Tank Girl – Armadillo
She’s back! Join everybody’s favourite beer-swilling, chain-smoking, kangaroo-luvvin’ lunatic as she embarks on her first ‘proper’ literary excursion. Violence! Time travel! Midgets! Yes, tremble in fear at Tank Girl: The Novel!
What is Tank Girl? Tank Girl is… bubbies and booze and anarchy. And tanks. Big tanks. And green hair. And environmentalsm. And mayhem. And booze. And interspecies romance. The world and characters of Tank Girl are as exuberant as the scrub desert post nuclear wastelands of Australia where they’re set, but the offbeat humour and raggletaggle approach to life and downright rudeness is as British funnypunk as it comes.
Tank Girl holds a dear place in Mookychick’s heart – she’s a feisty little cow who drinks beer, snogs kangaroos, and has a righteous attitude to big business and boredom – she just blows things up with bombs stitched into her bra. Tank Girl is amazing.
And, until now, she’s been a comic, drawn by Jamie Hewlett (the artist behind the Gorillaz) and Alan C. Martin. Together, the two men created three graphic novels featuring Tank Girl and her friends (Sub Girl and Jet Girl, lest ye forget) fighting an eternal war against injustice, anybody that pisses them off, and perform feats of daring that usually involve high powered ammunition and lots of things that go boom. Cutting a tank-wide swathe through the Australian Outback, they eat well, drink lots, and knock over the occasional bank when in need of cash.
Now, at last, she’s a proper book with words in and no pictures: ‘Tank Girl: Armadillo’, published by Titan Books. The novel features some bonus bits (a couple of unillustrated comics scripts, a couple of poems, because people will insist on writing poems, a couple of other things…) but it’s the main story where the real action takes place, and it’s not just about things getting f*cked, f*cked over and completely f*cked right up.
In his introduction to Tank Girl: Armadillo!, writer Alan Martin points out our cultur is bombarded with massive sensual stimulation until we’re drowning in a sea of information overload. Our survival tactic is to form protective shells to defend ourselves and shut down against the onslaught of, y’know, excess stuff. Unfortunately, by doing this we also block our flow of creative energy. In this way, Martin says, the modern world refuses us our right to be who we are.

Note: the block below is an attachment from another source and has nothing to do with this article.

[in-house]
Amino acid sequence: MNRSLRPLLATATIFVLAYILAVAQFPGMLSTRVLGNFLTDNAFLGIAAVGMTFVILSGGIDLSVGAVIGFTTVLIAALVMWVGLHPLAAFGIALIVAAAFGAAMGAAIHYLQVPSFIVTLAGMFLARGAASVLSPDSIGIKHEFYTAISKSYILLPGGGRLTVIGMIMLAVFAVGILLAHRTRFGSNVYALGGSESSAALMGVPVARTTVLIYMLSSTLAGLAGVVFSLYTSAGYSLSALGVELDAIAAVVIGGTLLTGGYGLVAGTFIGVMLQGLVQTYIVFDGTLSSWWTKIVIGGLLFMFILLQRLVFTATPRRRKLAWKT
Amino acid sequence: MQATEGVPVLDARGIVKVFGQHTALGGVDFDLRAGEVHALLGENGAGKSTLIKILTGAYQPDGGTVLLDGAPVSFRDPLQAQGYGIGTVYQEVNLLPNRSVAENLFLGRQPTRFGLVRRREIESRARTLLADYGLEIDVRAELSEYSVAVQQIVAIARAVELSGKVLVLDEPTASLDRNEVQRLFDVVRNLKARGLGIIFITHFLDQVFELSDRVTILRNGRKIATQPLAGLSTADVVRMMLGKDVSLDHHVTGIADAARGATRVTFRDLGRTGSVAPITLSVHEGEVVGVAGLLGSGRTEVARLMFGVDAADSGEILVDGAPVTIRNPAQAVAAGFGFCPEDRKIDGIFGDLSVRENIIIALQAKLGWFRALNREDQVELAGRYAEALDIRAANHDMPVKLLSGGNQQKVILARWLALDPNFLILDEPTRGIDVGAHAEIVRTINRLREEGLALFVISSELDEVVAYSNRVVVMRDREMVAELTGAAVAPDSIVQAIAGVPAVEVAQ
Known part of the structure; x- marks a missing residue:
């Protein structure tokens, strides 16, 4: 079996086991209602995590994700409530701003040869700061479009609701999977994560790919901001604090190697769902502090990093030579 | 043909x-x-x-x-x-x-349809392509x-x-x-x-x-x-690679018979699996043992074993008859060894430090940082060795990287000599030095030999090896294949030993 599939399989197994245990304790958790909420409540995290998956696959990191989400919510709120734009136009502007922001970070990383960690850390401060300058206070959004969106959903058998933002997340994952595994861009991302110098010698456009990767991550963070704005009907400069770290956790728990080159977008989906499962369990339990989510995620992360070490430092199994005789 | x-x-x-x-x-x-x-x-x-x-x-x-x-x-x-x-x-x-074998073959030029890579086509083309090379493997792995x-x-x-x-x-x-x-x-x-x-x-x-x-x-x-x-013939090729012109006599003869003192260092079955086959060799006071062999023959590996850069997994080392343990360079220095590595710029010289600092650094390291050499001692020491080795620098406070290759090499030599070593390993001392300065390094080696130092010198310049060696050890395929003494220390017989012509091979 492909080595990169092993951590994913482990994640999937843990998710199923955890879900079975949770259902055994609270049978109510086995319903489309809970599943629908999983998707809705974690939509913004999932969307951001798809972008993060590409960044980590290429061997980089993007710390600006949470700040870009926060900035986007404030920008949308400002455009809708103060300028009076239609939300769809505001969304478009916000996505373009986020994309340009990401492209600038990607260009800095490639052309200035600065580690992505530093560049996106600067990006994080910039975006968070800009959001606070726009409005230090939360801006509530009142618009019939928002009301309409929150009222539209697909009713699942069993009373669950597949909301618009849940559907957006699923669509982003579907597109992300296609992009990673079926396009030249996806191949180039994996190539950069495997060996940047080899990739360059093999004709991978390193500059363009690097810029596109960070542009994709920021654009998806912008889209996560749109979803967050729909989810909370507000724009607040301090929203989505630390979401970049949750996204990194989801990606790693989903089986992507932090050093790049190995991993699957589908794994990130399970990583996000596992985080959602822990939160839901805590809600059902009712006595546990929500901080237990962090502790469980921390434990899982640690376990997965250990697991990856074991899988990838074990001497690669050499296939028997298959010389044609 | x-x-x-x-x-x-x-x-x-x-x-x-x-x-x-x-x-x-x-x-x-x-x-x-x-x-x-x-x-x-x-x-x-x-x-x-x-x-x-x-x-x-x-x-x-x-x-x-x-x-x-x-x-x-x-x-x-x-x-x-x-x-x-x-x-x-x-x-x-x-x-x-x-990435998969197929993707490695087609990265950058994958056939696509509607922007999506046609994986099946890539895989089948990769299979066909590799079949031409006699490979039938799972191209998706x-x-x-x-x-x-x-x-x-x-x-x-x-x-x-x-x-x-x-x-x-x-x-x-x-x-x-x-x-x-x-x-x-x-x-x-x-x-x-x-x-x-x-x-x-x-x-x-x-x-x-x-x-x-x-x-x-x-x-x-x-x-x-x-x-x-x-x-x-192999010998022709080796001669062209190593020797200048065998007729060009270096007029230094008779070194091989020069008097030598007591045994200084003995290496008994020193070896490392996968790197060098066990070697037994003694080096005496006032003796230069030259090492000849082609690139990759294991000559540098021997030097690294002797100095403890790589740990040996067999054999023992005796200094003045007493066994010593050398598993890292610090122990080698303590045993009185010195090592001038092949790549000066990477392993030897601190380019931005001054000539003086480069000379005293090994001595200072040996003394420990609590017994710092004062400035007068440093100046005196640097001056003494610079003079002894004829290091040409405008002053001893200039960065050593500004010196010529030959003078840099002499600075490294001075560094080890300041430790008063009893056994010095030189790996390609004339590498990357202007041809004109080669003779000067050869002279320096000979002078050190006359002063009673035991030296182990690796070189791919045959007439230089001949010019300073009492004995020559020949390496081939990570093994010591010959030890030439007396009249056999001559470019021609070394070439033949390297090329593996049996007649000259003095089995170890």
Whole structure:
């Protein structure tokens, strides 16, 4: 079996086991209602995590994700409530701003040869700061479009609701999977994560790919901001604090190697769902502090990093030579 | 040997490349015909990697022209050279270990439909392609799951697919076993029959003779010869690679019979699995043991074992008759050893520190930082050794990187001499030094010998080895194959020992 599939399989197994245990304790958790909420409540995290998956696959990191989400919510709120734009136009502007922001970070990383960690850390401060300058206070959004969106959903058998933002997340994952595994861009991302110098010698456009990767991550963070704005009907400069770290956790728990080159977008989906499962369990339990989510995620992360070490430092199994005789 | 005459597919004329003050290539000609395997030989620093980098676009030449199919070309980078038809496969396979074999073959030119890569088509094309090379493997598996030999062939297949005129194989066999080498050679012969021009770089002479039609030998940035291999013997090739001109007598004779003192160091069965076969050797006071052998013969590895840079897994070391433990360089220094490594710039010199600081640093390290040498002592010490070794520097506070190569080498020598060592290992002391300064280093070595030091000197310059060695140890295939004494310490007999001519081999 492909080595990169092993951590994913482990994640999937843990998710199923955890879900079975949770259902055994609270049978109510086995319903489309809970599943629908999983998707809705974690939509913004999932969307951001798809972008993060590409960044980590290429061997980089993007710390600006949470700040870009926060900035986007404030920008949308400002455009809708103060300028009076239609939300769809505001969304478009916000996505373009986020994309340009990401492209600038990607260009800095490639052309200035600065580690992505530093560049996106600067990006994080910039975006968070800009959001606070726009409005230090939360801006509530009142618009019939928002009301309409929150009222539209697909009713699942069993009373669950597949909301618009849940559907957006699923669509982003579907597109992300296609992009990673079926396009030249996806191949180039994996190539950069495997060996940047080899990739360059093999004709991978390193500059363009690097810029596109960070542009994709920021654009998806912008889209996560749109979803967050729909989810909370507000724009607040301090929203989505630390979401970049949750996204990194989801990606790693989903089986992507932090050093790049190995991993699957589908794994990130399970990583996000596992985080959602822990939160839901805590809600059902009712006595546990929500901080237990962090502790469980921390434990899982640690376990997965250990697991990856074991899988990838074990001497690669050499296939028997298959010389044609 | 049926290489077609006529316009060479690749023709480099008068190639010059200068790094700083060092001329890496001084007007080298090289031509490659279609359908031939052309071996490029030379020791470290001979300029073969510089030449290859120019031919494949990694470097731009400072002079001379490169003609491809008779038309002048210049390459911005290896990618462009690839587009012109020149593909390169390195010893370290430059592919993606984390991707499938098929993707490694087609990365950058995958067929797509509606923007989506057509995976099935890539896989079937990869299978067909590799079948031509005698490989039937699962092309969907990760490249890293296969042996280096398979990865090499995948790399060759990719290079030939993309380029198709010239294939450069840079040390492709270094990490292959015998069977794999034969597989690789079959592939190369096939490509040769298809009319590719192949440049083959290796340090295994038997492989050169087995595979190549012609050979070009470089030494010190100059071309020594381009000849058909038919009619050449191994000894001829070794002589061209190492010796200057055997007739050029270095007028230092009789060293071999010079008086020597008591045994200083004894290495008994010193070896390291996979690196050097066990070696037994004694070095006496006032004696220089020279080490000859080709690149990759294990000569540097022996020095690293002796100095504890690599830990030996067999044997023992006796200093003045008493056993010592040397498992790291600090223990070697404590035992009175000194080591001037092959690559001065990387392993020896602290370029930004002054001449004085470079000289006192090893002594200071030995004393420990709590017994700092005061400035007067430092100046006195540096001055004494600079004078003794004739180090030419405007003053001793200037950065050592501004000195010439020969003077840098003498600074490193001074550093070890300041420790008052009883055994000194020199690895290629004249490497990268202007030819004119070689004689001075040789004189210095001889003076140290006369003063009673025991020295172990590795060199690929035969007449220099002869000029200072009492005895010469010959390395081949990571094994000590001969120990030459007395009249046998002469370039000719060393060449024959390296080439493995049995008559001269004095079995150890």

Like armadillos, we’re naked under our armour which protects us but also cuts us off from the world. According to Martin, we need to take control of our armour. Although it has its uses, we can’t let ourselves be trapped inside it, even though it only exists to protect us from the greed and manipulation of advertisers, politicians, and the rest of the information merchants. That’s where Tank Girl comes in. Her armour is in plain view, and to quote the words of another reviewer, she makes damn sure that nobody is going to sell her snake oil in any shape or form.
Okay, so that’s the book’s philosophy. The plot? Well, yeah, there’s a plot. Tank Girl and Booga (her kangaroo lover) have launched an all-out assault on the town of Chankers, starting with the church. But what prompted this attack? Could it have something to do with Booga’s nightmare vacation there years ago? Well, duh – whaddyou think? There’s only one thing to do in a case like this: bring down death and destruction with all the armament a girl and her tank can muster.
The book is most written in short, choppy, terse sentences – think Chuck Palahniuk – but the prose is joyous, funny, and fast-paced as hell. We also get to see how Tank Girl would have turned out if she hadn’t had to armour up against a tough, rough life. Interesting reading.
On the surface this book is a quick rollercoaster ride – underneath, it’s a call to arms. Just how we like it.